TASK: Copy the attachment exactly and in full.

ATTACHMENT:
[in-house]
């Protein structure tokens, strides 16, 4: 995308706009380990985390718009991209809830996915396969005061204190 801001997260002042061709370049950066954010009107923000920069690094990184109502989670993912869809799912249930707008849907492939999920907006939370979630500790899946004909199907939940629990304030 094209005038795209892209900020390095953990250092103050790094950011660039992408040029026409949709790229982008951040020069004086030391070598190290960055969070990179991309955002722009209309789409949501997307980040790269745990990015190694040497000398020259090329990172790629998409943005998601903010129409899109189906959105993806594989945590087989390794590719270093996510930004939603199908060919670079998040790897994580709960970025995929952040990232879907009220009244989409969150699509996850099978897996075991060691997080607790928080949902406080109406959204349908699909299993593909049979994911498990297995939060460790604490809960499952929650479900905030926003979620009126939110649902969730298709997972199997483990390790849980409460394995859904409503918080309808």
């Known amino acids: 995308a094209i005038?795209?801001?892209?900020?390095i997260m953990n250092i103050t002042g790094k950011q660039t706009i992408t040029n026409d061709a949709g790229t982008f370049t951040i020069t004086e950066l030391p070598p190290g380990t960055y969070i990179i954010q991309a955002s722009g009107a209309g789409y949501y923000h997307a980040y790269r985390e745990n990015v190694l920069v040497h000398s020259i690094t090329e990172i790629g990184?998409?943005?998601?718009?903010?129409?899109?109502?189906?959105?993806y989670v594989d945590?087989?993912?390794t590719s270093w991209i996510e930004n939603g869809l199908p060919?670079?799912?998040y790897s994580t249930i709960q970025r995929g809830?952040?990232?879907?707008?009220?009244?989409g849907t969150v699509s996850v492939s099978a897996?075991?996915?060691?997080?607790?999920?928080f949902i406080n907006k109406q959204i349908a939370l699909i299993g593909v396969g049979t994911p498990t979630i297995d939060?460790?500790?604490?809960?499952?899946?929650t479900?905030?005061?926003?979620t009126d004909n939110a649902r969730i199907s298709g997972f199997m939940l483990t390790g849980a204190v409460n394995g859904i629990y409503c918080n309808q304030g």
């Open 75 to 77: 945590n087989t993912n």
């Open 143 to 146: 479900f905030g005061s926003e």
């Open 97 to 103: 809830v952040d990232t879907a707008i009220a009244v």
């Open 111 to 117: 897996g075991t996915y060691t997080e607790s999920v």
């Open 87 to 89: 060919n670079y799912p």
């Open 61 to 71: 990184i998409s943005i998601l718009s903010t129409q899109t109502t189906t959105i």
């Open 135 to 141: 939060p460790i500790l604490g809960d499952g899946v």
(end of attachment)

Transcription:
[in-house]
């Protein structure tokens, strides 16, 4: 995308706009380990985390718009991209809830996915396969005061204190 801001997260002042061709370049950066954010009107923000920069690094990184109502989670993912869809799912249930707008849907492939999920907006939370979630500790899946004909199907939940629990304030 094209005038795209892209900020390095953990250092103050790094950011660039992408040029026409949709790229982008951040020069004086030391070598190290960055969070990179991309955002722009209309789409949501997307980040790269745990990015190694040497000398020259090329990172790629998409943005998601903010129409899109189906959105993806594989945590087989390794590719270093996510930004939603199908060919670079998040790897994580709960970025995929952040990232879907009220009244989409969150699509996850099978897996075991060691997080607790928080949902406080109406959204349908699909299993593909049979994911498990297995939060460790604490809960499952929650479900905030926003979620009126939110649902969730298709997972199997483990390790849980409460394995859904409503918080309808």
């Known amino acids: 995308a094209i005038?795209?801001?892209?900020?390095i997260m953990n250092i103050t002042g790094k950011q660039t706009i992408t040029n026409d061709a949709g790229t982008f370049t951040i020069t004086e950066l030391p070598p190290g380990t960055y969070i990179i954010q991309a955002s722009g009107a209309g789409y949501y923000h997307a980040y790269r985390e745990n990015v190694l920069v040497h000398s020259i690094t090329e990172i790629g990184?998409?943005?998601?718009?903010?129409?899109?109502?189906?959105?993806y989670v594989d945590?087989?993912?390794t590719s270093w991209i996510e930004n939603g869809l199908p060919?670079?799912?998040y790897s994580t249930i709960q970025r995929g809830?952040?990232?879907?707008?009220?009244?989409g849907t969150v699509s996850v492939s099978a897996?075991?996915?060691?997080?607790?999920?928080f949902i406080n907006k109406q959204i349908a939370l699909i299993g593909v396969g049979t994911p498990t979630i297995d939060?460790?500790?604490?809960?499952?899946?929650t479900?905030?005061?926003?979620t009126d004909n939110a649902r969730i199907s298709g997972f199997m939940l483990t390790g849980a204190v409460n394995g859904i629990y409503c918080n309808q304030g």
């Open 75 to 77: 945590n087989t993912n």
């Open 143 to 146: 479900f905030g005061s926003e």
């Open 97 to 103: 809830v952040d990232t879907a707008i009220a009244v």
């Open 111 to 117: 897996g075991t996915y060691t997080e607790s999920v």
């Open 87 to 89: 060919n670079y799912p």
């Open 61 to 71: 990184i998409s943005i998601l718009s903010t129409q899109t109502t189906t959105i």
């Open 135 to 141: 939060p460790i500790l604490g809960d499952g899946v």